How an alleged monkey smuggling scheme can stifle drug research

The National Association for Biomedical Research and other medical groups are urging federal officials to help amid a shortage of monkeys they say is disrupting research for lifesaving medications. 

In a drafted letter dated March 27, the association and nearly four dozen other organizations said the U.S. Fish and Wildlife Service is denying permits for 60 percent of the nation's supply of nonhuman primates. They called the situation a crisis.

"This disruption will significantly slow the U.S. biopharmaceutical pipeline, stifle scientific advancement, impair research, halt industry-wide economic growth and deprive patients of potentially life-saving treatments," the letter says. "The gravity of this situation cannot be understated. A sustainable solution to this critical issue is urgently needed for all stakeholders."

The problem stems from an alleged monkey-smuggling ring the Justice Department is currently investigating, according to DC News Now and NBC News. Charles River Laboratories, a research lab in Frederick, Mass., imported hundreds of monkeys intended for research from a Cambodia-based supplier, but the U.S. Fish and Wildlife Service denied the shipment's clearance.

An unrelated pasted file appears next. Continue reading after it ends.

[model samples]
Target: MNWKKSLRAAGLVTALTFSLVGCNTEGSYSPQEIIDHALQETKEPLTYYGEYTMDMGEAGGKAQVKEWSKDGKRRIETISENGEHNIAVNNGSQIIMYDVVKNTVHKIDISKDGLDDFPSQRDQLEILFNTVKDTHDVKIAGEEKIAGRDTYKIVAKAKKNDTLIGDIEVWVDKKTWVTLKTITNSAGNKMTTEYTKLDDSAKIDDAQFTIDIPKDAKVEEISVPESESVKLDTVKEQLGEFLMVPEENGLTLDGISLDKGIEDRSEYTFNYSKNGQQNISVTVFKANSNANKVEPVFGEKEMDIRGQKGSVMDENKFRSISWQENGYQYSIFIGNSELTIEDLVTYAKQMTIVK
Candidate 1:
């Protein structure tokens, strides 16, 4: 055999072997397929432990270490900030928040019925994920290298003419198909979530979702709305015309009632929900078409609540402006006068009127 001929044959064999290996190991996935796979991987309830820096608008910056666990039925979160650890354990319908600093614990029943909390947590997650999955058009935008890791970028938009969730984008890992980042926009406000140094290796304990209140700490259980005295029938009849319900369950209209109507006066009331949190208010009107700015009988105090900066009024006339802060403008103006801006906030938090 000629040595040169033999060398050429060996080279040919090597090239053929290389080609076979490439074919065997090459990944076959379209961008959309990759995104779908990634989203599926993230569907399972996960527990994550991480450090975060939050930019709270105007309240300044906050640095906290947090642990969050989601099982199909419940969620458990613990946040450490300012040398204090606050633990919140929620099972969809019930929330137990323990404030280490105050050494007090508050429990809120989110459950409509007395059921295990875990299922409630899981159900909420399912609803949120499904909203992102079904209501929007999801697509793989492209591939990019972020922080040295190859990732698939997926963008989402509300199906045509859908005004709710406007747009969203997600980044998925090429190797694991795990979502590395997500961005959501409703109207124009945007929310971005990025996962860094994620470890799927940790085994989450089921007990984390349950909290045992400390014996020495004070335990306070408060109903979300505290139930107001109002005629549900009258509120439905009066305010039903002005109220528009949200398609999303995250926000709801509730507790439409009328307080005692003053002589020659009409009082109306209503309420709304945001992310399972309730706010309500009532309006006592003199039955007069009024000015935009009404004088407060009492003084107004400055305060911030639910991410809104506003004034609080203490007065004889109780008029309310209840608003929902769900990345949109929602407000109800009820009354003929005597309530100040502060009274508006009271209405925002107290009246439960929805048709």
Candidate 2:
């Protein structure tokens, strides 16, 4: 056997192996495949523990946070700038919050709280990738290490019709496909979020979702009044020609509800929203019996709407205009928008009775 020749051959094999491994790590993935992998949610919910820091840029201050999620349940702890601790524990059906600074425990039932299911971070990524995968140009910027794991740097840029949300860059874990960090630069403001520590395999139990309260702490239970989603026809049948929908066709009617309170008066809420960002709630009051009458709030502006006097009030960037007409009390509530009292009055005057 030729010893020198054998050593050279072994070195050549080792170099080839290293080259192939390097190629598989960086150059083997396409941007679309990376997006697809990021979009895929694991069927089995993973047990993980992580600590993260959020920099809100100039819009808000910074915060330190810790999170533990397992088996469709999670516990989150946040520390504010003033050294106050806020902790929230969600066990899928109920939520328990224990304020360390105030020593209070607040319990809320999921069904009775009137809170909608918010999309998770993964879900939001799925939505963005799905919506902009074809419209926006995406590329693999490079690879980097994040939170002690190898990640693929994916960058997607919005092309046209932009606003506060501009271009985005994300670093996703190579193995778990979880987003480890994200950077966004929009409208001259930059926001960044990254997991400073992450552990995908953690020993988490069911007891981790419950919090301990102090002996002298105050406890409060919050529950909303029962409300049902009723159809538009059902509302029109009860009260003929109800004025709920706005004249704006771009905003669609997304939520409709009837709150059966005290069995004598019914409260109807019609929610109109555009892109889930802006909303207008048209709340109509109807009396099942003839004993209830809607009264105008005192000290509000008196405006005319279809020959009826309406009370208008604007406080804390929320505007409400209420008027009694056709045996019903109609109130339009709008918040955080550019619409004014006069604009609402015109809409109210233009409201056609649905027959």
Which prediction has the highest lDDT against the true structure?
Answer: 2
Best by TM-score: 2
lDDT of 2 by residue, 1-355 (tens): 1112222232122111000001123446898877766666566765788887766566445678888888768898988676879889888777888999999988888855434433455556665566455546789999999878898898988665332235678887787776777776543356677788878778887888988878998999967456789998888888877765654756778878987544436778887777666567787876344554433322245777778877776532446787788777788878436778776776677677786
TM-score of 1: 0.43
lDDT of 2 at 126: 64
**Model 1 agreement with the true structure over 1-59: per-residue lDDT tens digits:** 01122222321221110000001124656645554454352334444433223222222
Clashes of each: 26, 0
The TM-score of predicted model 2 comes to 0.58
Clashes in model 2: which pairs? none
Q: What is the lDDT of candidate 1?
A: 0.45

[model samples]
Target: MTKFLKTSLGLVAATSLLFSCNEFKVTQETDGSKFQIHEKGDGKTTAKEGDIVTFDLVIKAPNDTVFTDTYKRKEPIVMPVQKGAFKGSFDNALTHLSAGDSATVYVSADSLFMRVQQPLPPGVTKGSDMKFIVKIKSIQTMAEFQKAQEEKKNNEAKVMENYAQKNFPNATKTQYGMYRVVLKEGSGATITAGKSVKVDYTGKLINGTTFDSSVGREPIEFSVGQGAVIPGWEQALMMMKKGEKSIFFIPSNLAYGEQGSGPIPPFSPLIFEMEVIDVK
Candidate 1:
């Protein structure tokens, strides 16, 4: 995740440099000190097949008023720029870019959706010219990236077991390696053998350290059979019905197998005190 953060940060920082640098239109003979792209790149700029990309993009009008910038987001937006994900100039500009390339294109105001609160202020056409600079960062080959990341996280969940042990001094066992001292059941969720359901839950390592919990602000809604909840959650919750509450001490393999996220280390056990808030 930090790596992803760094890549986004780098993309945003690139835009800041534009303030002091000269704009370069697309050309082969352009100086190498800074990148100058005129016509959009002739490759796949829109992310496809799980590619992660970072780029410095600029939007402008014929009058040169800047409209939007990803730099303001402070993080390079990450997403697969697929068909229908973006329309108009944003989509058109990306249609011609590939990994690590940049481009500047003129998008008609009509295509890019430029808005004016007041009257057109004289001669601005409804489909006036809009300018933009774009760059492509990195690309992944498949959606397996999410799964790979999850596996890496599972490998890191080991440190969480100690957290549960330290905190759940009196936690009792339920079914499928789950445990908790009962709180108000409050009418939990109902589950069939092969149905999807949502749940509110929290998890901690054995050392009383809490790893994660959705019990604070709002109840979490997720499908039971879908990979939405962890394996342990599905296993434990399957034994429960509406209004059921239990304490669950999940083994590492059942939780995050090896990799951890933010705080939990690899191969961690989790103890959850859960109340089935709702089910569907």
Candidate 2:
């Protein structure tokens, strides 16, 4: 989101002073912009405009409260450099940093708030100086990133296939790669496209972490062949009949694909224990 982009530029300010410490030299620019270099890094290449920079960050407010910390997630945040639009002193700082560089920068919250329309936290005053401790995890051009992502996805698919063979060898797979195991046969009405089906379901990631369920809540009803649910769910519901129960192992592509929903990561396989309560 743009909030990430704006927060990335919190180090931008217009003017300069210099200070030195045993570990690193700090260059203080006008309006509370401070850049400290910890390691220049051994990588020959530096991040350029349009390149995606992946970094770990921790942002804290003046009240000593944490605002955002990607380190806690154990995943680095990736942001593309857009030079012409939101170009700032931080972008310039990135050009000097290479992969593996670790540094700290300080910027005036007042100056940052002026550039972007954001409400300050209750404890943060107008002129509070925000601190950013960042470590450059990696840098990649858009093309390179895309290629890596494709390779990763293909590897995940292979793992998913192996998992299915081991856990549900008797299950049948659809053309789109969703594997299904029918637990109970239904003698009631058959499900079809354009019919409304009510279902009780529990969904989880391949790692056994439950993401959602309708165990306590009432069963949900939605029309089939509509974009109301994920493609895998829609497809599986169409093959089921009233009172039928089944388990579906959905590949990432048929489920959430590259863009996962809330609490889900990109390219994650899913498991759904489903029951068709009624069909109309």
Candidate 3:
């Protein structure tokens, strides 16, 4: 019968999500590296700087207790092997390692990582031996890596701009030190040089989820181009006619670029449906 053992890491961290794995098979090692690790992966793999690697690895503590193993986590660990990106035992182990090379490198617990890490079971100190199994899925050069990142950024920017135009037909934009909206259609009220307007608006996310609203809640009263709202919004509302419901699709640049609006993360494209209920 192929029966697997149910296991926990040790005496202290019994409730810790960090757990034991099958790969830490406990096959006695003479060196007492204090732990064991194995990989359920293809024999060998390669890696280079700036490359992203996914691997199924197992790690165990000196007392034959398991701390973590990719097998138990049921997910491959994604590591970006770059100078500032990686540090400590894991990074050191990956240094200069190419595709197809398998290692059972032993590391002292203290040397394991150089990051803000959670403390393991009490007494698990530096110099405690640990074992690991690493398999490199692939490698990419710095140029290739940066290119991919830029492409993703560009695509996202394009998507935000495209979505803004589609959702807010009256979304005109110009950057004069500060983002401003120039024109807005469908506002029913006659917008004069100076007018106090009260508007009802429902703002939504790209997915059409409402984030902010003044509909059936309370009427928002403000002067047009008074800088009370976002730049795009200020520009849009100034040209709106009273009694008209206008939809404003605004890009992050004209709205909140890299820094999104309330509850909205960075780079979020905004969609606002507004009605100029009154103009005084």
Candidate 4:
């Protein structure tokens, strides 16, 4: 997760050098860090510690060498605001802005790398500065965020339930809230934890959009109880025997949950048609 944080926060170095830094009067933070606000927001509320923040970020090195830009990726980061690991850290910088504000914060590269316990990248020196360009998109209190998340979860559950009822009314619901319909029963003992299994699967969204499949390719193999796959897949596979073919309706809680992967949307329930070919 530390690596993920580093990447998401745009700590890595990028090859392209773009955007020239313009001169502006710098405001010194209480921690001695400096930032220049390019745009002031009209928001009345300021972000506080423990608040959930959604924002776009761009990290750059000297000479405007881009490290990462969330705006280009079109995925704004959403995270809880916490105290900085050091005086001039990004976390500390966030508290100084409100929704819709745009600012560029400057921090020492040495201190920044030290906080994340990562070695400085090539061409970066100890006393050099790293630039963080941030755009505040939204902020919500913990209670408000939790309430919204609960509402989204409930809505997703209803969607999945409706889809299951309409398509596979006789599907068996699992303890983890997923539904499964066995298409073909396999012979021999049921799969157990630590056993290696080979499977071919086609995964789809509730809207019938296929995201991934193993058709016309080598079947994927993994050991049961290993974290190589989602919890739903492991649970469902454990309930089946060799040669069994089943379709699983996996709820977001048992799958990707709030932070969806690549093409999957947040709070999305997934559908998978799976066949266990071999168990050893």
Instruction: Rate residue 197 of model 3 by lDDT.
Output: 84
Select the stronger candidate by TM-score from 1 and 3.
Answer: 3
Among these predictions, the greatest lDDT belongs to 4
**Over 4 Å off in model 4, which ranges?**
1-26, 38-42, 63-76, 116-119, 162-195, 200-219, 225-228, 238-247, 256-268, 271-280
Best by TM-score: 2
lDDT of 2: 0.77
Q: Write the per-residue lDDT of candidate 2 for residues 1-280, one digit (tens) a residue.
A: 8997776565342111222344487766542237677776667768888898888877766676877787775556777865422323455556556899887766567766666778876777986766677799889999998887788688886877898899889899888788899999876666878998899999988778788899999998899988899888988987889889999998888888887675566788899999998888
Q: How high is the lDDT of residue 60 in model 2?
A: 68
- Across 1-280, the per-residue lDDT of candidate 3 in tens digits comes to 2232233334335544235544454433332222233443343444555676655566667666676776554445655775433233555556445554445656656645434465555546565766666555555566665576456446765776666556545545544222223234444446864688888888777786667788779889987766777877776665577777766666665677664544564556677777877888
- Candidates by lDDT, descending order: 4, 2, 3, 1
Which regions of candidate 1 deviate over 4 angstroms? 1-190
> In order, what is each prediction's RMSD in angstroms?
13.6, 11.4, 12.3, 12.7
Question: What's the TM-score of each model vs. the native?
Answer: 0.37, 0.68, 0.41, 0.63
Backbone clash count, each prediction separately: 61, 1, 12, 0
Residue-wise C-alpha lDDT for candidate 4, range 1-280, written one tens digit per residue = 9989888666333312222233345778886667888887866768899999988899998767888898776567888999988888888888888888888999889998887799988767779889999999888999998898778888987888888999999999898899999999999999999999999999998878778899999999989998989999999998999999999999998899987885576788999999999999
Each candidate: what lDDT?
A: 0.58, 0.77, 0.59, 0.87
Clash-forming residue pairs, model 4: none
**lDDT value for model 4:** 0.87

Cambodia is the largest exporter of monkeys used in U.S. research, according to The Washington Post

As the Justice Department investigates whether the animals were poached and brought to the U.S. with falsified paperwork, hundreds of long-tailed macaques are now waiting at the Massachusetts lab, according to the news outlets.

"We have also voluntarily suspended planned, future shipments of Cambodian [nonhuman primates] until such time we and U.S. Fish and Wildlife Service can develop and implement new procedures to reinforce confidence that the [nonhuman primates] we import from Cambodia are purpose-bred," a Charles River Laboratories spokesperson told Endpoint News

As the U.S. Fish and Wildlife Service reportedly denies 60 percent of other primate shipments, research organizations and pharmaceutical lobbies in the letter are asking to partner with federal officials  to identify solutions to bolster the strained supply chain for biomedical research.

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